10 September 2016

Marie Darrieussecq: Tom est mort | Tom Is Dead (2007)

Marie Darrieussecq's Tom est mort is another mourning book, although it was beset by controversy: Camille Laurens claimed in La Revue littéraire that Tom est mort is a 'psychic plagiarism' of her auto-fictional Philippe, on which I commented here, Marie NDiaye strongly agreed with Laurens,* although Paul Otchakovsky-Laurens removed Laurens from the P.O.L. stable as a result of the article, and Laurens later published (via her new publisher Gallimard) Romance nerveuse (2010), a kind of auto-fictional stab back.

Tom est mort was written ten years after Tom's death. And 'Tom est mort' is a much-repeated expression throughout the novel, which has no clear continuous narrative, but is rather a long lament from an apparently half-demented (or at least severely disturbed) mother ten years after the death of her son Tom. She re-visits his life through photographs and recordings, but above all through memories, to preserve his existence.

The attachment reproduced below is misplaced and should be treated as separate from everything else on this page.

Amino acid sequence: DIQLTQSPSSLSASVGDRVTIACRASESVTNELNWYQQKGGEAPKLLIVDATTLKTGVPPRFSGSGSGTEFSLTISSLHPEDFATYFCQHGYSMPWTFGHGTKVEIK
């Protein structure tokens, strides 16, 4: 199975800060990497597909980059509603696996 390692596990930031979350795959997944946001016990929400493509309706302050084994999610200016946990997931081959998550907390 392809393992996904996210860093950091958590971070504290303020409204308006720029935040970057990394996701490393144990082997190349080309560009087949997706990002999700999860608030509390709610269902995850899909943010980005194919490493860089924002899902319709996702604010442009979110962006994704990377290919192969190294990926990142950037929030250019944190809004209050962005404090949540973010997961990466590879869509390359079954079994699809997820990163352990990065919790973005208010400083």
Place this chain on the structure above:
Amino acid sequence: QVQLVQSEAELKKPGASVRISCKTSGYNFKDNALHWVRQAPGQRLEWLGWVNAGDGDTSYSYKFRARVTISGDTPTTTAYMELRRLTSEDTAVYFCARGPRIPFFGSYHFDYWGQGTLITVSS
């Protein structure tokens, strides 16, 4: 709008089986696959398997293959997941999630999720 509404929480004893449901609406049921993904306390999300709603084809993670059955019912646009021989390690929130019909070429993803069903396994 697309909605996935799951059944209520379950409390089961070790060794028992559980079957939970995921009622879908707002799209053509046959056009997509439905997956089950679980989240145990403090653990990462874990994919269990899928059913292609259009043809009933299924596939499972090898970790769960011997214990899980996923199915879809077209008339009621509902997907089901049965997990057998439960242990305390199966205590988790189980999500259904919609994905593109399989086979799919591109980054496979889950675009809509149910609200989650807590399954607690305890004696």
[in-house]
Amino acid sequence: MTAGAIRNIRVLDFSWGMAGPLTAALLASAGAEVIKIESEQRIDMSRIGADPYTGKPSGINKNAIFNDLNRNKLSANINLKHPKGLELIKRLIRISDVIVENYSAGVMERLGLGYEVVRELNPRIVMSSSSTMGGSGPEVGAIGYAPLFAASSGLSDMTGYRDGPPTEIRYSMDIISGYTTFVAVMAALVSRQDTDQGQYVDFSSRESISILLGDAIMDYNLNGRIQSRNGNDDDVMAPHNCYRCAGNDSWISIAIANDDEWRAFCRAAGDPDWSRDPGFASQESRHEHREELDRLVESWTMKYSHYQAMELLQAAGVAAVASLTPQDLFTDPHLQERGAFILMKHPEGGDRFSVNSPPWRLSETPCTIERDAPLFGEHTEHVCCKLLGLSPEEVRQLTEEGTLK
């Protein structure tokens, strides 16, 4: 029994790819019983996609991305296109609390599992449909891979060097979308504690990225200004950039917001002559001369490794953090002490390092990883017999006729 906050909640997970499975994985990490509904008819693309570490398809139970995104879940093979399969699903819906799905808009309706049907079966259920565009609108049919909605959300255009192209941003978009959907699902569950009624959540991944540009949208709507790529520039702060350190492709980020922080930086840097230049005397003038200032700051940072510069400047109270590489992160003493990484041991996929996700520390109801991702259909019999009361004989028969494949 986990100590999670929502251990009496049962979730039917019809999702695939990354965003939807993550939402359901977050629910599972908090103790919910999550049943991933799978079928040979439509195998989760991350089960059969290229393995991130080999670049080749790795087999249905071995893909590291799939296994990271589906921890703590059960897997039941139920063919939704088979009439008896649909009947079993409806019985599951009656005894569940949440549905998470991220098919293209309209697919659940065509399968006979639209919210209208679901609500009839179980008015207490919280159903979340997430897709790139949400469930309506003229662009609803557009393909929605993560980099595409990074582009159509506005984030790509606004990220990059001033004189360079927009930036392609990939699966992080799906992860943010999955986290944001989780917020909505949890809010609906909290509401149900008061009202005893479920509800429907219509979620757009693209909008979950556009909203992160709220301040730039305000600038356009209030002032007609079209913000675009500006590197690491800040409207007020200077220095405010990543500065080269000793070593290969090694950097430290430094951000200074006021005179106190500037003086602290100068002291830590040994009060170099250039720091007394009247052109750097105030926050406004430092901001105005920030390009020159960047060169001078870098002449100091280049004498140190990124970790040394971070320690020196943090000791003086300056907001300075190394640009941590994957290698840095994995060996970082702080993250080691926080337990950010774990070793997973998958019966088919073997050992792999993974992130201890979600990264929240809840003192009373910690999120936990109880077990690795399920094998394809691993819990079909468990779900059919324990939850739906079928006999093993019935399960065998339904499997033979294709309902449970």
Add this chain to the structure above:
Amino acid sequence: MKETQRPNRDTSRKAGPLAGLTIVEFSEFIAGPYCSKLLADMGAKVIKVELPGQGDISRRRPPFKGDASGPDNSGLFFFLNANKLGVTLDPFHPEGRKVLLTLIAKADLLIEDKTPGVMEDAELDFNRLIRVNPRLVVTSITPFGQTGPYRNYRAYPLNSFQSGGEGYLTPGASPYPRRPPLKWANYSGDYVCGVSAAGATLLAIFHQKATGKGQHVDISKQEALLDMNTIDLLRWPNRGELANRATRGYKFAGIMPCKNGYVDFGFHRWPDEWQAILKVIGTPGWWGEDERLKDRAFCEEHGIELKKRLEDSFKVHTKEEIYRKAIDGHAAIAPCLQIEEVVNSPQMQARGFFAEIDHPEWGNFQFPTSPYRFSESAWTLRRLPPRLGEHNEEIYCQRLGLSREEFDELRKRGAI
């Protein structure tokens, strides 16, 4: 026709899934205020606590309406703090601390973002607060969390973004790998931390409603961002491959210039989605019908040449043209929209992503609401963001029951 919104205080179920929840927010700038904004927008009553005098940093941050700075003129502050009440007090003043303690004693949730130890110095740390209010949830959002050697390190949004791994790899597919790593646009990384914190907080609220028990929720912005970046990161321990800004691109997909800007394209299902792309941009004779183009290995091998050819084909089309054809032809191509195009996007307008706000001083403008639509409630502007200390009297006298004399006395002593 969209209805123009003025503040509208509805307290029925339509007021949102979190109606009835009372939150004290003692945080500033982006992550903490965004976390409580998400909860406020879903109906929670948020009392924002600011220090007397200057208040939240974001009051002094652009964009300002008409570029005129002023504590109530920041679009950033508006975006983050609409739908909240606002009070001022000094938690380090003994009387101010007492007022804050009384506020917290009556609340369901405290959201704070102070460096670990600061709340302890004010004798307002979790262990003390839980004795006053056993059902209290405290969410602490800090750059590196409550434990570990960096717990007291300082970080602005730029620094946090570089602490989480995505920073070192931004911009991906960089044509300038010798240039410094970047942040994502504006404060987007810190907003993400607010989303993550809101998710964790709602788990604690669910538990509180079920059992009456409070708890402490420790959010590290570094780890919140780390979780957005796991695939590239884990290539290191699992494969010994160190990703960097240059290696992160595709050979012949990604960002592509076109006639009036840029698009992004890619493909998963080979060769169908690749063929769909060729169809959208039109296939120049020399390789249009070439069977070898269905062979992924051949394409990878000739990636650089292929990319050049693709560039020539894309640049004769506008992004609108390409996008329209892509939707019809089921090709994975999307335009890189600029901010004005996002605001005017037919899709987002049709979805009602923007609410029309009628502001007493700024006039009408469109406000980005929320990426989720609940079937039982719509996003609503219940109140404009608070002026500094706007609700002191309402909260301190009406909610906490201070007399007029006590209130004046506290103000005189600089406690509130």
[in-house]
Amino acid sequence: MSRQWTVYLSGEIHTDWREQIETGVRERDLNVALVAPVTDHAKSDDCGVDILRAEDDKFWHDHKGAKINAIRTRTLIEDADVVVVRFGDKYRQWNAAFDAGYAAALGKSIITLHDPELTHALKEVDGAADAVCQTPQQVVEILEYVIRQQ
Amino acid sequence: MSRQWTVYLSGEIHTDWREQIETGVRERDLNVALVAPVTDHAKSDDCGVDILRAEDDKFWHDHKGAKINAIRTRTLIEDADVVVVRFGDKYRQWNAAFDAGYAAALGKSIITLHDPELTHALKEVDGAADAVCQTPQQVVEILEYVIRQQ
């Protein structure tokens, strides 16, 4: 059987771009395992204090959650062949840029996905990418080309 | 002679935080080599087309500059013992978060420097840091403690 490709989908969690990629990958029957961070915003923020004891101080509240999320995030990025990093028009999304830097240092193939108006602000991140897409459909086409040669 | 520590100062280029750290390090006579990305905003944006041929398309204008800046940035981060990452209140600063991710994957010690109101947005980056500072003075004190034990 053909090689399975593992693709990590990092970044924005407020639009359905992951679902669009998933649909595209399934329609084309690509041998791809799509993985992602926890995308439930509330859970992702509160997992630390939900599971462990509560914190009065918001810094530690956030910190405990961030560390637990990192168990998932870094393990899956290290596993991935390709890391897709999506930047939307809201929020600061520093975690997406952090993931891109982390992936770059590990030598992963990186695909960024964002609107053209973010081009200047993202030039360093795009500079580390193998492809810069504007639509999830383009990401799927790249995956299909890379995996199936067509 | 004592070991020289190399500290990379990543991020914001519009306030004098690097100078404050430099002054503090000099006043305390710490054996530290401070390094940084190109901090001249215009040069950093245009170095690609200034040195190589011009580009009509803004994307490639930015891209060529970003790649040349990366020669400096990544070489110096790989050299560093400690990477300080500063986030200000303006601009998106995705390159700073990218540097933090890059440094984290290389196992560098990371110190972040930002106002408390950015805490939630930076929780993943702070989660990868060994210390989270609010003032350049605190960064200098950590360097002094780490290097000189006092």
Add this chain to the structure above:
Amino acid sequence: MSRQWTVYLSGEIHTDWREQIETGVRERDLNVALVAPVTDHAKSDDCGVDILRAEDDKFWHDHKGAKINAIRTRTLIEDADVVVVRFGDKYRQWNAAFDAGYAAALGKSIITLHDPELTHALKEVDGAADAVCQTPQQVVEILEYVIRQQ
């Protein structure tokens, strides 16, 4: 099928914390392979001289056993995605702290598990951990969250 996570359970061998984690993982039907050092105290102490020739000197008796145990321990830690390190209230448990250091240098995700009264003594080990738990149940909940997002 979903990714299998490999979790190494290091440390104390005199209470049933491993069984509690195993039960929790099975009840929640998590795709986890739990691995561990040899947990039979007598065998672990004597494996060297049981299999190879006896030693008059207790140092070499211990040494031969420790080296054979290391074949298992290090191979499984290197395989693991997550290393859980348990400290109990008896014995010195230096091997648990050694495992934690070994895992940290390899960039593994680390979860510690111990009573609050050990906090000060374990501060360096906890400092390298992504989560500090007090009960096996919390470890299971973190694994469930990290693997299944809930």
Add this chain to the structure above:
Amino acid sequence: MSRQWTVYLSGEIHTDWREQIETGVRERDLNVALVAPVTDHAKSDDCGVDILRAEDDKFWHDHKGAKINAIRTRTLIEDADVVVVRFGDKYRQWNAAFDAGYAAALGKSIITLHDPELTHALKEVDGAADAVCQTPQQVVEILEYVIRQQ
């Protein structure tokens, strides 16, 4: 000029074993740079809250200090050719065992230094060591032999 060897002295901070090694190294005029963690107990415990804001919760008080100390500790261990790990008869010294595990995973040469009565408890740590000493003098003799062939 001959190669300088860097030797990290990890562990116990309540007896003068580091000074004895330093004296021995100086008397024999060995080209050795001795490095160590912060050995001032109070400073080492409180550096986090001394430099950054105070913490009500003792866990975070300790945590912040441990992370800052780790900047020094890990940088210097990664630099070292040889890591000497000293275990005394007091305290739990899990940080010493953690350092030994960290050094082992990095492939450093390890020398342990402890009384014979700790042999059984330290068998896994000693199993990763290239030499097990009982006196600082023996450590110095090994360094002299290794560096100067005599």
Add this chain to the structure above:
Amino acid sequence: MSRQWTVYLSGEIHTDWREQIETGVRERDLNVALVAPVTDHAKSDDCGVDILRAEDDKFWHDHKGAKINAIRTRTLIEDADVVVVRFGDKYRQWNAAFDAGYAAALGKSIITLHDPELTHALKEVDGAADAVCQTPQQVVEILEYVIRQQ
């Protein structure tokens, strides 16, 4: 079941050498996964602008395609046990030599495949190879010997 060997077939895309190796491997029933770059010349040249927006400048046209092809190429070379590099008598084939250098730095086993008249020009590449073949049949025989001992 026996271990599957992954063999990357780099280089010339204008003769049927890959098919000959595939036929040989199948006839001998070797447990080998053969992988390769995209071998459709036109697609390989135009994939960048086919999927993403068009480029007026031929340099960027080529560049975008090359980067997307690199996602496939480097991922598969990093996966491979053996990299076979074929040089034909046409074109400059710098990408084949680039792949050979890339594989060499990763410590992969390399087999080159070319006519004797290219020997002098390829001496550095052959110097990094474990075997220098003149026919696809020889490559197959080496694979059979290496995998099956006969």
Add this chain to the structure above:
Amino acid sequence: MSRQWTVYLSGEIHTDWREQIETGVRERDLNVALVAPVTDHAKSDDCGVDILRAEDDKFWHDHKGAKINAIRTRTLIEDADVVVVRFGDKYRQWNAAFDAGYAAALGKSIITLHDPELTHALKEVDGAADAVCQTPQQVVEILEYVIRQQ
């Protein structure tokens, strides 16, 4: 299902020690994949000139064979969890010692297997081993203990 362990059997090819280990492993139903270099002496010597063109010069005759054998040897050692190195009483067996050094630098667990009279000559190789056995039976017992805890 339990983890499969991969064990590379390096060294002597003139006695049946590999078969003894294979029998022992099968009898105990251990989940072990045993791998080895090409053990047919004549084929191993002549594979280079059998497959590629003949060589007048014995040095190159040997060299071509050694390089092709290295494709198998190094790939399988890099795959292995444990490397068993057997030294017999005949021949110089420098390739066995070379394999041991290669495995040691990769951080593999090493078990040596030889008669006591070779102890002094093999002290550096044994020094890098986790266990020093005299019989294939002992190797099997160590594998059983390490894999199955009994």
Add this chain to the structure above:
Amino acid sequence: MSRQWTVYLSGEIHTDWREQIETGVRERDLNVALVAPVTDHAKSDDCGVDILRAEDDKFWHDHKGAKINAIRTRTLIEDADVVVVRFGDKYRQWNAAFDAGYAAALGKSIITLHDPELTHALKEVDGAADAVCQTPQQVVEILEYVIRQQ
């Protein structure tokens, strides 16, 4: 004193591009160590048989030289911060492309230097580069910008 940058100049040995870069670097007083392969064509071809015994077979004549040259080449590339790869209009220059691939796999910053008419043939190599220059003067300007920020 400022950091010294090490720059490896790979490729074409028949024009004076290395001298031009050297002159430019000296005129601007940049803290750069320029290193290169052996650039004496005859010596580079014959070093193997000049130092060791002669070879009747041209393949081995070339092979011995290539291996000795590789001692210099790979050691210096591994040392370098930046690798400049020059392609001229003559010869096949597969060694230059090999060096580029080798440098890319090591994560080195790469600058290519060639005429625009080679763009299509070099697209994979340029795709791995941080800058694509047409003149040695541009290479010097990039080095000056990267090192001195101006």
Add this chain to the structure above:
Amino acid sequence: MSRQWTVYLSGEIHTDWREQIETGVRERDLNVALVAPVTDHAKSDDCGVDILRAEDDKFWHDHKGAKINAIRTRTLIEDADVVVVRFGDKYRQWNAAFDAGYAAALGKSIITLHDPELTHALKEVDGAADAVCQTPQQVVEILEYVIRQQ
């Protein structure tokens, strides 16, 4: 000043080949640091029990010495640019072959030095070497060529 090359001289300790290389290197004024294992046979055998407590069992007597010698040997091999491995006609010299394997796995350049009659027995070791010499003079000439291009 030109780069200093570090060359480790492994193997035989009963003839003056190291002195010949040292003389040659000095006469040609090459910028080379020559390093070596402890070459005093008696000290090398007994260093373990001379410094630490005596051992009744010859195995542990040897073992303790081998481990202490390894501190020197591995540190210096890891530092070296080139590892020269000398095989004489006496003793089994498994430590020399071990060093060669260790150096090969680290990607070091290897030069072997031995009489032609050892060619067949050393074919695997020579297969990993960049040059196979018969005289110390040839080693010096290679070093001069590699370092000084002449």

Tom was the product of a marriage of a French mother and an English-speaking father and the family travel the globe according to the father Stuart's professional obligations. Tom came before Vince (now seventeen), and after Stella, who was eighteen months at the time of his death. And still, ten years after his death, the obsessive voice of the mother can't accept the fact, talks of still mourning, never ends lamenting. This novel is a taxonomy of mourning, and it's very clever, very well done, although perhaps a bit too repetitive, a bit too seamless.

*Marie NDiaye had previously criticised Marie Darrieussecq of 'singerie' maining relating to her novel La Sorcière (1996) in Darrieussecq's Naissance des fantômes (1998).

My other Marie Darrieussecq post:
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Marie Darrieussecq: Naissance des fantômes | My Phantom Husband

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